Dr. Donald Milton, a University of Maryland professor who has written extensively on the airborne spread of the virus, said eye protection for people who must have face-to-face contact with others — such as dentists and barbers — is important.

“As personal protective equipment (PPE), eye protection is less important for other people, but still can offer some added protection in addition to face masks,” Dr. Milton said.

He said face shields probably block some release of the virus into the air, but that he would not recommend using face shields as an alternative to masks.

“I also expect that they are not generally as effective at blocking release of virus into the air as are masks,” he said.

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Dr. Anthony Fauci says photo of him without a mask at baseball game is ‘mischievous’

Dr. Anthony Fauci, who has been advising President Trump’s coronavirus task force, came under scrutiny when a photo of him surfaced at a baseball game Thursday not wearing a mask, but sitting close to two people. Dr. Fauci, director of the National Institute of Allergy and Infectious Diseases, has been encouraging the public to wear…

Dr. Anthony Fauci says photo of him without a mask at baseball game is ‘mischievous’

Dr. Anthony Fauci, who has been advising President Trump’s coronavirus task force, came under scrutiny when a photo of him surfaced at a baseball game Thursday not wearing a mask, but sitting close to two people.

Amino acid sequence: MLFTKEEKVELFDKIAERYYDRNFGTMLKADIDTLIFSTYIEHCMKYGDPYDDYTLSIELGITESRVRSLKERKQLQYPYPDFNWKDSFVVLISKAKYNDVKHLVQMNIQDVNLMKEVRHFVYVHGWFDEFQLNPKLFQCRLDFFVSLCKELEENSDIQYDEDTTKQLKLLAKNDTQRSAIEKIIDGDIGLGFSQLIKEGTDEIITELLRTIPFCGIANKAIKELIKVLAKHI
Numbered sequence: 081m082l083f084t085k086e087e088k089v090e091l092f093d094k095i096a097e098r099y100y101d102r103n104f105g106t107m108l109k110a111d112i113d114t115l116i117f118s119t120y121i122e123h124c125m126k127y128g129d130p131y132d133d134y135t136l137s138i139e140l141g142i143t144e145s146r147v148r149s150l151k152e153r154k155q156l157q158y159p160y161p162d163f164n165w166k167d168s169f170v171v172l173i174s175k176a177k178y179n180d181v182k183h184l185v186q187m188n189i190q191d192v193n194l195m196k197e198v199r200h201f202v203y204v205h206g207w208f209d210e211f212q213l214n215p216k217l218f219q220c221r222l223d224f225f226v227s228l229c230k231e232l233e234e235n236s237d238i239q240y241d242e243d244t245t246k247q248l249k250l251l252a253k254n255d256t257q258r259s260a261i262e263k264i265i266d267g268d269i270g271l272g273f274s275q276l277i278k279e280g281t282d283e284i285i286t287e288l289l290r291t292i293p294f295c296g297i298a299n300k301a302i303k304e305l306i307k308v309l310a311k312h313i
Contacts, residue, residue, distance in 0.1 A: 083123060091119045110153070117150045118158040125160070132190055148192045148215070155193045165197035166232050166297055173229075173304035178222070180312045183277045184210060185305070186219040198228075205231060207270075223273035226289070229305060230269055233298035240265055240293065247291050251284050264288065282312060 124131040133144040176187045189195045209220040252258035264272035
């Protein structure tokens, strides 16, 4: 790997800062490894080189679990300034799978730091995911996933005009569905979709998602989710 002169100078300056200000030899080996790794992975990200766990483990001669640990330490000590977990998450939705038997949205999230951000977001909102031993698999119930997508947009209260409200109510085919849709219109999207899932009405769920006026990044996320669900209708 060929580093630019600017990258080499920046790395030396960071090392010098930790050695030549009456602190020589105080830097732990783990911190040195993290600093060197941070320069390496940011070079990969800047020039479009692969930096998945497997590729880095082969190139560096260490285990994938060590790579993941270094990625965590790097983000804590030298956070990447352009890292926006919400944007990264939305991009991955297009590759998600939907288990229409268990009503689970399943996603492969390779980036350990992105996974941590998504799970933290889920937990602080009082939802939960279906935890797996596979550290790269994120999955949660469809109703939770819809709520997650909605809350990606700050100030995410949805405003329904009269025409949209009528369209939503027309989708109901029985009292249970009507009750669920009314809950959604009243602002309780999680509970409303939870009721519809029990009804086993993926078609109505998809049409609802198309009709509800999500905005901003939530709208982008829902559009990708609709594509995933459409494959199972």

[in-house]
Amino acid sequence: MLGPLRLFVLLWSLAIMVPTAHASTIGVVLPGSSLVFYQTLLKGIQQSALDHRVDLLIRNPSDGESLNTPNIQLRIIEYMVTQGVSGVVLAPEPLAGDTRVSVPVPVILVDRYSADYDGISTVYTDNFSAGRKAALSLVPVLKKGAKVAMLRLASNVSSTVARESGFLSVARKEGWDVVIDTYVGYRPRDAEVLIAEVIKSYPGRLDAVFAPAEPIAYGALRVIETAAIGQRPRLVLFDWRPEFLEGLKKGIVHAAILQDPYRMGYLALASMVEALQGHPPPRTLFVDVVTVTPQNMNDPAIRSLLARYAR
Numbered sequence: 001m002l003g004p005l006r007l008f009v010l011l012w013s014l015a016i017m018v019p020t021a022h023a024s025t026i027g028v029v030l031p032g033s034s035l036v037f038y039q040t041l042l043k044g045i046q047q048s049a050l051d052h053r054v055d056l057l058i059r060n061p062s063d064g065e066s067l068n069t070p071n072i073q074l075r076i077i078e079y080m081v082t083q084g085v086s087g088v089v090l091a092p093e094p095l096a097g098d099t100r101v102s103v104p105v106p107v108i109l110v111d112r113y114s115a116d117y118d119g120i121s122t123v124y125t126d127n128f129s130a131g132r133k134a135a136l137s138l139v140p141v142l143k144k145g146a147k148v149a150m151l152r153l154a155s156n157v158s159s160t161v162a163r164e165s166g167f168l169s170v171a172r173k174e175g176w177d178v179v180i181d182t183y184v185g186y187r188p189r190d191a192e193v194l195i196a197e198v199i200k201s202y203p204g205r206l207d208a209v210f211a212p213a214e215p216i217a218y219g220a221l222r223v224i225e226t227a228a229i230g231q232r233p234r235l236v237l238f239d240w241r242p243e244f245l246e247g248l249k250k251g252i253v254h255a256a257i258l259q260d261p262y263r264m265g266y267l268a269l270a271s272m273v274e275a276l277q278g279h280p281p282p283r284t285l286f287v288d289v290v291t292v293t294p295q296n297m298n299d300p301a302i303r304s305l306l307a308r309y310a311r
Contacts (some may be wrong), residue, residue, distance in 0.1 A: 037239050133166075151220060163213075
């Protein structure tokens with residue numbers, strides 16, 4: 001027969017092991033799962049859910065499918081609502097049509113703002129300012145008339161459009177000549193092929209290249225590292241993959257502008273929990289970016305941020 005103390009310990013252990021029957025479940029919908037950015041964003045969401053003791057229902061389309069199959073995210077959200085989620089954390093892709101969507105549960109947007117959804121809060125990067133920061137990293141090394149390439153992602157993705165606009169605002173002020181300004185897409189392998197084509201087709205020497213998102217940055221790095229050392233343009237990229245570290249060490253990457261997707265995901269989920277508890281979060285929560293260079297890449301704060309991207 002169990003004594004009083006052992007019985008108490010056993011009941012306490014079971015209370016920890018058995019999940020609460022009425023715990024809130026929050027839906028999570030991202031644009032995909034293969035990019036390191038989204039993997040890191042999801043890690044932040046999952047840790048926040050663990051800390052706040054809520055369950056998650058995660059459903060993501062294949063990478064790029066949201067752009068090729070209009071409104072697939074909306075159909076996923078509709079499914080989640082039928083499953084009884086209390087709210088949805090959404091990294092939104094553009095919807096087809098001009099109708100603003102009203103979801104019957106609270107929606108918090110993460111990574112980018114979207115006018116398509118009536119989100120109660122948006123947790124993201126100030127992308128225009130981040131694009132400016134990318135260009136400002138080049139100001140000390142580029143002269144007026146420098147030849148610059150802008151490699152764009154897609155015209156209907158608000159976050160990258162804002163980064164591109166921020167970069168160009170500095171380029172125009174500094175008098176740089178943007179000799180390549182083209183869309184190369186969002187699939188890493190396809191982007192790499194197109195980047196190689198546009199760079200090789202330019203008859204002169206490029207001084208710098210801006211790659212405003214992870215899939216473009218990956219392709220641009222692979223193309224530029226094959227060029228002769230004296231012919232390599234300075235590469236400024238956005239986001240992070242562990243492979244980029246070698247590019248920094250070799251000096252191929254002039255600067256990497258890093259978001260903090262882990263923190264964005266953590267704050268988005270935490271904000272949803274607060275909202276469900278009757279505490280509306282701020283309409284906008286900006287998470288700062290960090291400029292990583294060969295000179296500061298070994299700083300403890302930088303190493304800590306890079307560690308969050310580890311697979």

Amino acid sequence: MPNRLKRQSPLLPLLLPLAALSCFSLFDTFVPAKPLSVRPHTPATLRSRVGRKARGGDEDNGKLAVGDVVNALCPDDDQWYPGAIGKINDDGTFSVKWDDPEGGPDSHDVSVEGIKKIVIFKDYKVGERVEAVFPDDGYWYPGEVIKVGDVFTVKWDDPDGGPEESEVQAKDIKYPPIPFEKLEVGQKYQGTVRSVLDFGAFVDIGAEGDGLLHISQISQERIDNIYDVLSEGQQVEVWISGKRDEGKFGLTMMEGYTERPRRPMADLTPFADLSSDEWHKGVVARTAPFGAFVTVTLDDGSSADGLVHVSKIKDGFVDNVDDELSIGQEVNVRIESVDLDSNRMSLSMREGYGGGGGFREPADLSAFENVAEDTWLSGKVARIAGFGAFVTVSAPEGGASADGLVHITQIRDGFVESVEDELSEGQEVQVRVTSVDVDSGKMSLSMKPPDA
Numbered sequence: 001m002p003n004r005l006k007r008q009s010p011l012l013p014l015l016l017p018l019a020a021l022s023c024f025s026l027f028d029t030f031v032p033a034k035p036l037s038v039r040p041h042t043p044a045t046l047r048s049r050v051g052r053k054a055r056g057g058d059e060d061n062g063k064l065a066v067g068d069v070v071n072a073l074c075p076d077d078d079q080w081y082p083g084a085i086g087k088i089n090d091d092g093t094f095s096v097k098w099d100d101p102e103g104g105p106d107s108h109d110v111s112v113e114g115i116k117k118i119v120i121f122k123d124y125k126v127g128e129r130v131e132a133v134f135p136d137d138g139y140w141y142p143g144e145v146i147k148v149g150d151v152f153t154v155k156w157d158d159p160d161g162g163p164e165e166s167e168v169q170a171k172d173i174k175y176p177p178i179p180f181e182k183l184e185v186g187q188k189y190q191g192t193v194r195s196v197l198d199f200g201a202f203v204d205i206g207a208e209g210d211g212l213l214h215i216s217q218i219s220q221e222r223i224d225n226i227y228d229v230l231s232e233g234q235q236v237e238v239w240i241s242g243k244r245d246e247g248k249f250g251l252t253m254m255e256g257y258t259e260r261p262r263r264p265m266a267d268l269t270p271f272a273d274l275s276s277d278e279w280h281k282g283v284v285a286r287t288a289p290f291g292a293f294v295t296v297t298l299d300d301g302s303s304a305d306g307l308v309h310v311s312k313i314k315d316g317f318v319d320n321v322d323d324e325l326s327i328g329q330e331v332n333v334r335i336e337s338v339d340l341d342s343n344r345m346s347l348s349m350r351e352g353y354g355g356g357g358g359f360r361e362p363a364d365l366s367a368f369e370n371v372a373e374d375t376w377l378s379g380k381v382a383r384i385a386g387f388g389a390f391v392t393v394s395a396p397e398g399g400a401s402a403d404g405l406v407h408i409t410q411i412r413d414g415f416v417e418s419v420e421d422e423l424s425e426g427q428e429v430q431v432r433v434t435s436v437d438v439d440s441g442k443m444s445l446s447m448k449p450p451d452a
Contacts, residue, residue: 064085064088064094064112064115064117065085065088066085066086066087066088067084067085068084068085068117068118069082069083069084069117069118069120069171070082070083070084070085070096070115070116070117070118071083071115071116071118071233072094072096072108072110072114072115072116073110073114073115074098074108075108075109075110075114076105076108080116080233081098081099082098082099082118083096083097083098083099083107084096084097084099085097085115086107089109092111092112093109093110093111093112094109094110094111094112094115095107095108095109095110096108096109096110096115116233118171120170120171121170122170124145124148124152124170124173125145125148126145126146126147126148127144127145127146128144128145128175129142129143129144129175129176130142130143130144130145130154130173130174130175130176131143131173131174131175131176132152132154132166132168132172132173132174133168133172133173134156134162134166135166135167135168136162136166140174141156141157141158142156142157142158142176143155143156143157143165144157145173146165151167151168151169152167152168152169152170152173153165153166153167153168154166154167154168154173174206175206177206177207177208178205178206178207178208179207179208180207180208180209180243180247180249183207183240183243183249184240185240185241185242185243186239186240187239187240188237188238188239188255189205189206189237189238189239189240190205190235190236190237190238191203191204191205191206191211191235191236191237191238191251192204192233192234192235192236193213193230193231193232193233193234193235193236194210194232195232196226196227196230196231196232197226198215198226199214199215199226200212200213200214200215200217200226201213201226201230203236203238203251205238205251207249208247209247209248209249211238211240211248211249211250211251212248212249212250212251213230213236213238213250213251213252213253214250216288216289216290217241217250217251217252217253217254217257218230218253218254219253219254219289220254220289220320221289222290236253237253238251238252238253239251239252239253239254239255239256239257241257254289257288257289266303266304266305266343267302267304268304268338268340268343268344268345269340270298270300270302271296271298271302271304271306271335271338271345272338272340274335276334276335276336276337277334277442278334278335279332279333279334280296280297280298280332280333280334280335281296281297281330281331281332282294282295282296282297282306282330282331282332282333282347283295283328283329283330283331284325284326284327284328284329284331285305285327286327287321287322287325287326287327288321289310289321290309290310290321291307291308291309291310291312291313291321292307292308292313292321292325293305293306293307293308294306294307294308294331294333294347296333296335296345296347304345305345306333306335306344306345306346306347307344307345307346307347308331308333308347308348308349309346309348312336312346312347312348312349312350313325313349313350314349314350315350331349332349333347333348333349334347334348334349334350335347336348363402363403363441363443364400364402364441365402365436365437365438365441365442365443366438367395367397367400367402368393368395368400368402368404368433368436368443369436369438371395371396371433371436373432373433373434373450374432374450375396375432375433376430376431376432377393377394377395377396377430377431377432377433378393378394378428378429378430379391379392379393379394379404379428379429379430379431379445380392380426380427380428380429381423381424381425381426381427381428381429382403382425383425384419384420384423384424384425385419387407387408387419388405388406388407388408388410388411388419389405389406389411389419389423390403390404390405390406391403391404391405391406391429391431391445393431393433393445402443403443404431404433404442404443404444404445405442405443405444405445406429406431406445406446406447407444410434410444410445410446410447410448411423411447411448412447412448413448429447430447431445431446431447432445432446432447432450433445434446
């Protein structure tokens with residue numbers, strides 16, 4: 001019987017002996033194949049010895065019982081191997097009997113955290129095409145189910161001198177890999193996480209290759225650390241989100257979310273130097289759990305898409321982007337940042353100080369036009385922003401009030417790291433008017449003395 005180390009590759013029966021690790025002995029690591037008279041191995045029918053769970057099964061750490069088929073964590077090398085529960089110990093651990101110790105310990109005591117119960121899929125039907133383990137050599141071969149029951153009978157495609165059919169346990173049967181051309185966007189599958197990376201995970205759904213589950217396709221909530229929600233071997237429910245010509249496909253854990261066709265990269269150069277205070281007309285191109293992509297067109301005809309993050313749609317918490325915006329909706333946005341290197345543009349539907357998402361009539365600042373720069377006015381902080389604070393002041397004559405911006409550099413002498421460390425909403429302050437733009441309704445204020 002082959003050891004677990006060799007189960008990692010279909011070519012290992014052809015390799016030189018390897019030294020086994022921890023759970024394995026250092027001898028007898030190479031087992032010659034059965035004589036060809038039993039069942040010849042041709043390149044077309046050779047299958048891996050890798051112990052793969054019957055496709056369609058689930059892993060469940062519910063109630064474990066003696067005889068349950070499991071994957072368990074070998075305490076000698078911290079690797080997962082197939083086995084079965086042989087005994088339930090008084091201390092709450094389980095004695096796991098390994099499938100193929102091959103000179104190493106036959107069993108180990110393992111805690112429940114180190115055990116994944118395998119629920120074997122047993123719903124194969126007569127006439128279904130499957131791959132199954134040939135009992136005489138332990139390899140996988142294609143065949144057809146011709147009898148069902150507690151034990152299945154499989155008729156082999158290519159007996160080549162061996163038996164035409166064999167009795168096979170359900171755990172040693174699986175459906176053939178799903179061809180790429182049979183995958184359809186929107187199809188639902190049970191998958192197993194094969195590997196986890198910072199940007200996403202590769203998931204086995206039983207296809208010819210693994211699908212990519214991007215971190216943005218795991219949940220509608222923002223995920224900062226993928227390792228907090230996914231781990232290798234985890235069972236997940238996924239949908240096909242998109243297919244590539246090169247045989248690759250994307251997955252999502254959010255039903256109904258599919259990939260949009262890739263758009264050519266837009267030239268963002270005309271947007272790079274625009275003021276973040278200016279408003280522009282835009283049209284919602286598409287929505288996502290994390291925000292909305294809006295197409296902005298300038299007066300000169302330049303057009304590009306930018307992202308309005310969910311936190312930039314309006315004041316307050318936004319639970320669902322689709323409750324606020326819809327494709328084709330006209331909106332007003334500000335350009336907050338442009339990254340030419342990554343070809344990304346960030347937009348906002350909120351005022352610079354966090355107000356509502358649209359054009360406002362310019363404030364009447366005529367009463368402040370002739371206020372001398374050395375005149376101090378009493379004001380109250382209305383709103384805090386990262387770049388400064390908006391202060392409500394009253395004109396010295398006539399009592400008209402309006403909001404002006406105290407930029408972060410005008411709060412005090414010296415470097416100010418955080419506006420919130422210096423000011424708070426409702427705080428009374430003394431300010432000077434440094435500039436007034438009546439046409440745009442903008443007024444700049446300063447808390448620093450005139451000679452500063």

Dr. Fauci, director of the National Institute of Allergy and Infectious Diseases, has been encouraging the public to wear masks to stop the spread of the coronavirus pandemic.

He threw out the first pitch at the Washington Nationals’ game on Thursday, but a photo of him in the stands with his wife and a friend caught the attention of some reporters. They were not socially distanced, and he had his mask pulled down.

Yasher Ali, a contributor to New York Magazine and Huffington Post, tweeted out the photo, saying the doctor should set a better example. He has since deleted his tweet.

But Dr. Fauci pushed back on the critics Friday on Fox News, saying he was dehydrated and was drinking water. He also noted he tested negative for the coronavirus hours before.

“I was drinking water trying to rehydrate myself,” Dr. Fauci said.

“I wear a mask all the time when I am outside,” he added. “If people want to make something about that they can, but to me, I think that is mischievous.”

Dr. Fauci also predicted there will be a vaccine for COVID-19 by the end of the year or early 2021.

He has come under scrutiny from critics that say Dr. Fauci has been wrong about the virus a number of times. At first, he said masks were not necessary and also suggested travel from China should not have been halted. Since then, he has reversed his position on both issues.

Mr. Trump has even described his adviser, Dr. Fauci, as “an alarmist.”

The president has been critical of masks, saying advisers first said they were not needed but now are saying they should be mandatory. He has since said he will wear one in public when he cannot socially distance after coming under scrutiny by the media for not setting an example for Americans.

Many localities are mandating masks be worn in public — even outside, not just indoors. Washington, D.C., Mayor Muriel Bowser implemented her strict mask mandate earlier this week, only allowing for minor exemptions such as children under 2 years old and people engaging in exercise outdoors.